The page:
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Dual channel stability issue

Computer case got knocked onto it's side pretty hard during an apt move (front bezel flew off).
Inspection of inside doesn't show anything obviously wrong; however, upon start up the computer will run for about 3-5 minutes and then suddenly lock up. Restarting results in it powering up for and then restarting after about 1 second in an endless cycle until you hold the power button 5sec to turn off (no beep code, but onboard light indicators appear to indicate memory problem). If the computer is allowed to rest for a while, then you can get 3-5minutes out of it before it locks up (temperature-based failure?).

I did some trouble shooting (swapped memory sticks, power supply, video card) and figured out that if the memory was inserted to run in single channel mode it would run fine for hours (i.e., non adjacent spots) whereas if they were inserted for dual channel, the lockup/endless restart cycle occurred.

Since I swapped memory with different sticks which work fine in other PCs, is it fair to say the motherboard is likely defective and needs replacement?

Anyone else encounter dual vs single channel stability issues? Any suggestions?


The computer is two years old, but board still appears to be under manufacturer's warranty (3 yrs) but it is not being sold anymore (not sure what that means and if it's even worth trying to get a replacement), am I better off just buying an AM3+ board?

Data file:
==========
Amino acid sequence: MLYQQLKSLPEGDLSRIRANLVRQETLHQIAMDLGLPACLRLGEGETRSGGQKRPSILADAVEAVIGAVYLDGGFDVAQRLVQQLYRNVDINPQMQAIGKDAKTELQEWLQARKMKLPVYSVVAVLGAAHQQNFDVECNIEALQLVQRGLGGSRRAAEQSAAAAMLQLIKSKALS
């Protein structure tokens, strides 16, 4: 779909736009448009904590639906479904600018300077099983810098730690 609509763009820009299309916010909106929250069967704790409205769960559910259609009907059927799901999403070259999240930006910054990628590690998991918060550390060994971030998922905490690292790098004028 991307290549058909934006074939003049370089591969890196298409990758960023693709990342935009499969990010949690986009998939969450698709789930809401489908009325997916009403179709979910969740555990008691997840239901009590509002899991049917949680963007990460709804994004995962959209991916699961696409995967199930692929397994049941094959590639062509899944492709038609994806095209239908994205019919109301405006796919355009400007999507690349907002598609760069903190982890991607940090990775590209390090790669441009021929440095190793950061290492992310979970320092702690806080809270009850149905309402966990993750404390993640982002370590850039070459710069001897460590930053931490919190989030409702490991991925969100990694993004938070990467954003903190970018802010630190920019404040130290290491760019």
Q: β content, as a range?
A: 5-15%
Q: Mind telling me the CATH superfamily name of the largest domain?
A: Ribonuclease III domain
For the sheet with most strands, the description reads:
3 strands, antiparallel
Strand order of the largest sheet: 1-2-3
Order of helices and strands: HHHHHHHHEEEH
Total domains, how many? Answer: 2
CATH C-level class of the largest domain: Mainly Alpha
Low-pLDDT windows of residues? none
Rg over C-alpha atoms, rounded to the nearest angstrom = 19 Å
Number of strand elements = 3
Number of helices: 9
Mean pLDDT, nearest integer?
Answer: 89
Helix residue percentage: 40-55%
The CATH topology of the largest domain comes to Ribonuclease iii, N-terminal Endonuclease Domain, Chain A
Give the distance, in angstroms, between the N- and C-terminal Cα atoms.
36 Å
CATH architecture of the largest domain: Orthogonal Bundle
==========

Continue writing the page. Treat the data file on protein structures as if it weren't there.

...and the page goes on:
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  1. I'm pretty sure "defective" isn't the correct word for a mobo which is dropped. Broken, yes, and yes you (or whoever) may have caused the mobo to crack when the unit was knocked over, pretty sure the warranty does not cover that.
    Download a program called "Core temp" (free) see what it says as far as temps - it is possible that the heatsink has simply come lose from the CPU which might cause that.
  2. Yah, broken is better word for it :)

    I had checked temp in BIOS (just let it sit there for a while until it locked up) and in coretemp--both running fine. Plus it runs for hours when ram is in single channel config. The heatsink is still firmly attached as well. I didnt get a chance to take the heatsink and cpu off the board though, seems unlikely that cpu would become unseated--I assume it wouldnt even work if that was teh case.

    (trying to fix friend's computer) Thinking buying a new budget AM3+ board is likely cheapest/easiest route to get it working
  3. Best answer
    Shucks, I was hoping it could be that easy...
    AM3+ is a good idea, be poised for a Piledriver upgrade later
  4. Best answer selected by rizob.
  5. This topic has been closed by Nikorr
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